When talk of the bailout first began last week, lawmakers insisted they wouldn't simply hand a "blank check" to the Treasury Department. But now that's what Congress wants from Treasury.
To win enough votes for passage, negotiators for the $700 billion bailout are now adding $120 billion more in "sweeteners." Some of these—like ensuring mental health problems receive better coverage from insurance companies—have absolutely nothing to do with market priming. Others are only tangentially related. Among the latter are hurricane tax relief, modest alternative minimum tax reform, more subsidies for renewable energies, and tax exemptions for businesses.
On their own, some of these sweeteners aren't half bad. I'm certainly not one to oppose tax breaks, for example. (Al Regnery, publisher of the American Spectator, once wrote that a tax cut is a lot like sex—even when it's not that good, it's still good.)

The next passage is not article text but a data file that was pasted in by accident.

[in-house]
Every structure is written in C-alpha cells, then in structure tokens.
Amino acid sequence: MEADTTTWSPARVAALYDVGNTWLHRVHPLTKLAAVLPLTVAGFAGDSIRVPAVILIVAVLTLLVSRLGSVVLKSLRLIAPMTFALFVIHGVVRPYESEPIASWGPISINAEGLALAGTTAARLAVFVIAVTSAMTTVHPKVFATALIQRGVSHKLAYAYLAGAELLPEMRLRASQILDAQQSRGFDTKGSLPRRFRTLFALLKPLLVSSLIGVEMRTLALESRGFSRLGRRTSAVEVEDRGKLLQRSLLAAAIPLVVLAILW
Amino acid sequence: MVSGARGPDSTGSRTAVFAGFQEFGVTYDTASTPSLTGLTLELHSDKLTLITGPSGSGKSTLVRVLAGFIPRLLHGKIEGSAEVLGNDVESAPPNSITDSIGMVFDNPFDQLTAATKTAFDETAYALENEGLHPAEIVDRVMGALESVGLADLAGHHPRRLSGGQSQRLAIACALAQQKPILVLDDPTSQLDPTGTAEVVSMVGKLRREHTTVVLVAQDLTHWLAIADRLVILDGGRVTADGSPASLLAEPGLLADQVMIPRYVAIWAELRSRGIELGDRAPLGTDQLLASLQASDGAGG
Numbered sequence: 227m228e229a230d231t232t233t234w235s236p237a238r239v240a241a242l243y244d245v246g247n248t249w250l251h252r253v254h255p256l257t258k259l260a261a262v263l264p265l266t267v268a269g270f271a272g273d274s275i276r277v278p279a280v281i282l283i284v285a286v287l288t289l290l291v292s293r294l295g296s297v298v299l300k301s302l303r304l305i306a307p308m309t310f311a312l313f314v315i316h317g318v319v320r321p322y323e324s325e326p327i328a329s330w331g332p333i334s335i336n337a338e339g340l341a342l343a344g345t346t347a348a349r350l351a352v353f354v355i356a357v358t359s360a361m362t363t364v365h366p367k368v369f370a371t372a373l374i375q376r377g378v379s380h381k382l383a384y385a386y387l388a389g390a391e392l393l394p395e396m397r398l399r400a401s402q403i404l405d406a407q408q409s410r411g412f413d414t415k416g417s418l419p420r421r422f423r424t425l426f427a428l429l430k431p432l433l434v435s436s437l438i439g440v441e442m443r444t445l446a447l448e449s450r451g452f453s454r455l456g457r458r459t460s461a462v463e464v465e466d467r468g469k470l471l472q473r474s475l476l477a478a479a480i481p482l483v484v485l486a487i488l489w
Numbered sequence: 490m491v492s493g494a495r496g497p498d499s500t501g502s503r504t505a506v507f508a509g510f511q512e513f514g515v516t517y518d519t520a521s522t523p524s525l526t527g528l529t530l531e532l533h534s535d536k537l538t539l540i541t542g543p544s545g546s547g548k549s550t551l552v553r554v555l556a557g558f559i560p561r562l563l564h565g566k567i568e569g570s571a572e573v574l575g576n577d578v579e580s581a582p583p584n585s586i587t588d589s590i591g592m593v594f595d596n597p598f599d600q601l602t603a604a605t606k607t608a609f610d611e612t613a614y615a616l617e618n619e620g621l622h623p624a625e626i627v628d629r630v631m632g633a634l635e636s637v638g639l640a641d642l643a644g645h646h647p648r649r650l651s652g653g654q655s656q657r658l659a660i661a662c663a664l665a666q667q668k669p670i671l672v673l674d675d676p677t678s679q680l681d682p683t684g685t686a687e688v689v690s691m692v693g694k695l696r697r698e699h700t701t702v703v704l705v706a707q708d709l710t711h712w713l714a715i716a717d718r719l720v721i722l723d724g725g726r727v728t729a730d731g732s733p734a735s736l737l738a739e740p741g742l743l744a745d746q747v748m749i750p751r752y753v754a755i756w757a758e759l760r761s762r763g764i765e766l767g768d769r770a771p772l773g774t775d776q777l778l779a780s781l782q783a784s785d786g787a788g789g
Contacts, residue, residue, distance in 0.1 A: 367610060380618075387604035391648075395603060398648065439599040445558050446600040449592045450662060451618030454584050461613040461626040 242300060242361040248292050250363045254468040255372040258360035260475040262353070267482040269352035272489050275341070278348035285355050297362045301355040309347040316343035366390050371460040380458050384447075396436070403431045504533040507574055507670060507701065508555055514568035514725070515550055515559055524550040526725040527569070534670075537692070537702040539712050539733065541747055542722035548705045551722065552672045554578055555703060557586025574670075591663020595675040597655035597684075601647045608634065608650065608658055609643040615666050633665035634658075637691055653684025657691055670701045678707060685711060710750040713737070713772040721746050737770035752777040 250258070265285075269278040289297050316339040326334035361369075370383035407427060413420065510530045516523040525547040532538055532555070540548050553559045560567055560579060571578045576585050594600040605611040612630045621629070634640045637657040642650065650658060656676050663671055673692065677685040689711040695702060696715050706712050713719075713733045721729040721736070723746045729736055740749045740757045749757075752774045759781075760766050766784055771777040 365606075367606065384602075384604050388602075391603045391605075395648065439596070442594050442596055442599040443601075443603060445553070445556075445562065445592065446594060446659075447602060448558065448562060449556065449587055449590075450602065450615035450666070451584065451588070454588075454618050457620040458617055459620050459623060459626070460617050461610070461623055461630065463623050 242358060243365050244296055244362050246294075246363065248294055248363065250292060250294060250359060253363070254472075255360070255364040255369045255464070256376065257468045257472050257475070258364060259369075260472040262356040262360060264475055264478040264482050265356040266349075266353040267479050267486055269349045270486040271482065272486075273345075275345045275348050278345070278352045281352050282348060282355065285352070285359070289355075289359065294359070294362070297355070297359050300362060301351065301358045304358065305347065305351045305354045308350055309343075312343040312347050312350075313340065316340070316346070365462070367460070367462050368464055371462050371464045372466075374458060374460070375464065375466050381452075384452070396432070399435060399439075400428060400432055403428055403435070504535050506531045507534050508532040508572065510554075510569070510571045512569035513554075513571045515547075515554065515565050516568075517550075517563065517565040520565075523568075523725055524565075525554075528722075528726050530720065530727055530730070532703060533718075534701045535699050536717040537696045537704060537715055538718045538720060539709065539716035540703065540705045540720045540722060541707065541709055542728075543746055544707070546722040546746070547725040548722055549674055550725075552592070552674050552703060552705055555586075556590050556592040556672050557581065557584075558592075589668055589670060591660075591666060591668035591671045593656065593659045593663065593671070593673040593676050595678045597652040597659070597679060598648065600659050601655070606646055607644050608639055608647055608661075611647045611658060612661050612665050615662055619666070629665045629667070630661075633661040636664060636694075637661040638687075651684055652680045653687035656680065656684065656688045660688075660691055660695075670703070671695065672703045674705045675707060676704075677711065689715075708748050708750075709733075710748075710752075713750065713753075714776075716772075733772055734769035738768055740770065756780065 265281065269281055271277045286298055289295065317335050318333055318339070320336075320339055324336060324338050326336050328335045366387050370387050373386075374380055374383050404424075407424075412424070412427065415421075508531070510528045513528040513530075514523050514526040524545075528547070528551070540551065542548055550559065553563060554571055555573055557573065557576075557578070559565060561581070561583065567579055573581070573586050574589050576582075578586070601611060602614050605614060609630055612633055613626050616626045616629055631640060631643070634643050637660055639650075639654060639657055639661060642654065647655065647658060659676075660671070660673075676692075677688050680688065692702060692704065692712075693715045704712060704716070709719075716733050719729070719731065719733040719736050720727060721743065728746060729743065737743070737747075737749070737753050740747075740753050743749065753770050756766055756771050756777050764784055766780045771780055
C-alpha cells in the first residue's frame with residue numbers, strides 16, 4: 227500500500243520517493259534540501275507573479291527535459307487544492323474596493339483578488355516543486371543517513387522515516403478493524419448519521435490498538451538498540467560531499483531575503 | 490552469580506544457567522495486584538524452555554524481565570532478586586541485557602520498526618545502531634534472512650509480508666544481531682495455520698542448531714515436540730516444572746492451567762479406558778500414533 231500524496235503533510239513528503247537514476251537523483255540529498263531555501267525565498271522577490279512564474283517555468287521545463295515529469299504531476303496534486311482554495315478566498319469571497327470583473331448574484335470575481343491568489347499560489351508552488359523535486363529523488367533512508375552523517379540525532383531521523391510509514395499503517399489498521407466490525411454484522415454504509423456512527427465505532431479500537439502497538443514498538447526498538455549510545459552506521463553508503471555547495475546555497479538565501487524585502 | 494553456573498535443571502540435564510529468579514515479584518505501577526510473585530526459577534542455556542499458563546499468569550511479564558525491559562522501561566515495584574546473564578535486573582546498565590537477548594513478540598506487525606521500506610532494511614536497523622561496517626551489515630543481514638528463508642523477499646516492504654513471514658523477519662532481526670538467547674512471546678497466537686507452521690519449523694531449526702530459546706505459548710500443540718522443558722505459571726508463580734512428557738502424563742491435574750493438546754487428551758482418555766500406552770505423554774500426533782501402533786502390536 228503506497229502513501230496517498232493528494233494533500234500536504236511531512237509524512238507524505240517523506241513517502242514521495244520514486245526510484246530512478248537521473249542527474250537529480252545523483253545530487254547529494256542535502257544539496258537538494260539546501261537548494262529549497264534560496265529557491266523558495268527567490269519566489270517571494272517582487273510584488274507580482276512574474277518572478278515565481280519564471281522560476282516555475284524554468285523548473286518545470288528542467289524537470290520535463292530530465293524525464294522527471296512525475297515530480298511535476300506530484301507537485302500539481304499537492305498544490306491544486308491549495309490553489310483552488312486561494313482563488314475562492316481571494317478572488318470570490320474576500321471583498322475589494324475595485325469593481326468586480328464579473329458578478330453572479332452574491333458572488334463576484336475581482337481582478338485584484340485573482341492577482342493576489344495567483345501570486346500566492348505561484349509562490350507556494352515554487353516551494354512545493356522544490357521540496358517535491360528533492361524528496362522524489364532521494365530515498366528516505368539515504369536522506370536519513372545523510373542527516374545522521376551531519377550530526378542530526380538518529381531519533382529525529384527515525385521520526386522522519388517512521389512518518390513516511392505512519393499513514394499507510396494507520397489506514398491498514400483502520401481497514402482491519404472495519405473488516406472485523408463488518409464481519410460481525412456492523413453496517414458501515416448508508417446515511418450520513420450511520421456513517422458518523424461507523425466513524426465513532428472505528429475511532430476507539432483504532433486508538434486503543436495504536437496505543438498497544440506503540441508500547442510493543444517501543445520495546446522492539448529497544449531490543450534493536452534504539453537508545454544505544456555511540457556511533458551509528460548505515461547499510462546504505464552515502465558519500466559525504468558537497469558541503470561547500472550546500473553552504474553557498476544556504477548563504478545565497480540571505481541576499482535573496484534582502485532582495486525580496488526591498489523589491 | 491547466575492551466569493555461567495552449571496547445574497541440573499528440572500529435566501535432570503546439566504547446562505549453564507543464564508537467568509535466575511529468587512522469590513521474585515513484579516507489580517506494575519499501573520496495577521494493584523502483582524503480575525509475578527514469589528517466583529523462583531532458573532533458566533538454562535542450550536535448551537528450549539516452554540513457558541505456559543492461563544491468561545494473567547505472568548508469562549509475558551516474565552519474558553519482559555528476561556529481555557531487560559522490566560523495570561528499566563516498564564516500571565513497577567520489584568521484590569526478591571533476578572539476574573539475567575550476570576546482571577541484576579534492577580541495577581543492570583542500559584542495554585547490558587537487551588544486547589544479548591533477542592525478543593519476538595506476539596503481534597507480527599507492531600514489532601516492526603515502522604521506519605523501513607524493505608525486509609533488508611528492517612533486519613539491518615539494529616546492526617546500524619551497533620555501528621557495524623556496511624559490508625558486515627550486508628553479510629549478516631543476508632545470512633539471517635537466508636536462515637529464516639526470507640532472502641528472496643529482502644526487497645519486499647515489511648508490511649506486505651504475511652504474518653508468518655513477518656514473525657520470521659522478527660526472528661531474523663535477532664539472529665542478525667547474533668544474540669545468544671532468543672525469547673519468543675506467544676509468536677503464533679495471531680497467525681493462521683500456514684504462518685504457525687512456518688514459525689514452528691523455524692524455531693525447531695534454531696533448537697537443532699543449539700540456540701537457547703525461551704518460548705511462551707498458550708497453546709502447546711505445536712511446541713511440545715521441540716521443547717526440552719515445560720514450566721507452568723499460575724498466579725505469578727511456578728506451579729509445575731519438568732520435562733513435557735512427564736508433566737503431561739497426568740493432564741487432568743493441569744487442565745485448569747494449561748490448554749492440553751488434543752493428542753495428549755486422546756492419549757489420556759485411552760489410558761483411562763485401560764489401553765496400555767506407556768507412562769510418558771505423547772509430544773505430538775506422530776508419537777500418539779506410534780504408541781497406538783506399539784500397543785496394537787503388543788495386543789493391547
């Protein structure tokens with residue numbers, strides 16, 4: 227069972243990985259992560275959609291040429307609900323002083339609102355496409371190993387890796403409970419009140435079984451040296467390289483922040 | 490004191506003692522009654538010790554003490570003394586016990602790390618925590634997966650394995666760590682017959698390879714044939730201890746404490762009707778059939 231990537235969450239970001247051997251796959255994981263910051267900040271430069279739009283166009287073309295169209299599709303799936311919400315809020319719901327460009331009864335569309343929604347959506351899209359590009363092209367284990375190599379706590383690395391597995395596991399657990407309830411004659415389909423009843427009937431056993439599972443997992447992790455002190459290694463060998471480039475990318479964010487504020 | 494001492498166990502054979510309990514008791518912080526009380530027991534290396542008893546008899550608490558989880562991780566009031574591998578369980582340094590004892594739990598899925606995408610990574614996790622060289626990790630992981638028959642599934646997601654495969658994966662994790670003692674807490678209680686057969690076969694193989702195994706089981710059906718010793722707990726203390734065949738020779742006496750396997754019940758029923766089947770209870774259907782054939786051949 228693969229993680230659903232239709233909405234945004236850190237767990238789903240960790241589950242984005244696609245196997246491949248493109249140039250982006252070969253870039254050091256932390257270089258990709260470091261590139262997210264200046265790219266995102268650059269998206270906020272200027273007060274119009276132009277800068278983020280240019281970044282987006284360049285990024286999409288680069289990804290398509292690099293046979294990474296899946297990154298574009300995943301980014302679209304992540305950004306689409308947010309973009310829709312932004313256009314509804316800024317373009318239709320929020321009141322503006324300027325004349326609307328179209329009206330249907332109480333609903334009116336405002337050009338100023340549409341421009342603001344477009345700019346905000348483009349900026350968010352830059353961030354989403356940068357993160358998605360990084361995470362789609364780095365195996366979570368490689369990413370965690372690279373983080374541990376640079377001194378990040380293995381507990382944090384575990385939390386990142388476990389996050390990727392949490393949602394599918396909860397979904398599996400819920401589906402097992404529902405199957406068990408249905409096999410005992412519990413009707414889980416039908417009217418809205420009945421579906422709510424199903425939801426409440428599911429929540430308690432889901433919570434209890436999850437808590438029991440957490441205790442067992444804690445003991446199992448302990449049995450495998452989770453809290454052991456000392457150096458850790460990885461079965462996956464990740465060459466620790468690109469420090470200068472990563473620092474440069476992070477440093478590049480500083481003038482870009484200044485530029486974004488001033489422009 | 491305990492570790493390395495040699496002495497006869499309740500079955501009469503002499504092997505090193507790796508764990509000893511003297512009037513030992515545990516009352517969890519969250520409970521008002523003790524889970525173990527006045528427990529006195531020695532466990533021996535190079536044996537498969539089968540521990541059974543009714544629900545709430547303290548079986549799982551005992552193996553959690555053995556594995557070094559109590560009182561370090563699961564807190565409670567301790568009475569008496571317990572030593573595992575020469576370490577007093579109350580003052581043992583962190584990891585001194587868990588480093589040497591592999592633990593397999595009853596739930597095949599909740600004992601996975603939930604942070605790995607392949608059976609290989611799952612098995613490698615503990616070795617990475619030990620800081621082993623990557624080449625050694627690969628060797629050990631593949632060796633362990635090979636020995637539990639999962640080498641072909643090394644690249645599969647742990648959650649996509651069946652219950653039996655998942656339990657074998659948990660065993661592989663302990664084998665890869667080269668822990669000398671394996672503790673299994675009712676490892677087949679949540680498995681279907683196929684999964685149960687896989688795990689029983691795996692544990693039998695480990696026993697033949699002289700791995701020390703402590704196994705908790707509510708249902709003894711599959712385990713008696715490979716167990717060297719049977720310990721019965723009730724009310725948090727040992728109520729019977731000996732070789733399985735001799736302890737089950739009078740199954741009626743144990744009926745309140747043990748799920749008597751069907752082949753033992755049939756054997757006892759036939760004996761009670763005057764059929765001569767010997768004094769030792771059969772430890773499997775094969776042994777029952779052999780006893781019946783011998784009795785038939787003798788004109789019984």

But if the goal is to make the legislation more palatable, shouldn't the enhancements at least have something to do with that legislation? The current sweeteners amount to little more than unrelated bribes for lawmakers to go along with what only a few days ago was deemed an unacceptable bill. As Rep. Joe Barton, a Texas Republican, noted, "The bill they are going to send back is the same bill that I voted against two days ago. Why would I turn around and vote for it?"
Regardless, the add-ons appear to be working, and it seems the bailout will pass in some form this time around. My only wish is that lawmakers who were so dead set on principle the first time wouldn't be distracted by these bauble bribes and instead demanded the full dismantlement of the vehicles that brought us here. Namely, Fannie Mae and Freddie Mac.
Incidentally, for those who are genuinely flummoxed as to how anyone could oppose the bailout, check out Harvard economist Jeffrey Miron's piece over at CNN. It's respectably and respectfully argued and raises a lot of good issues.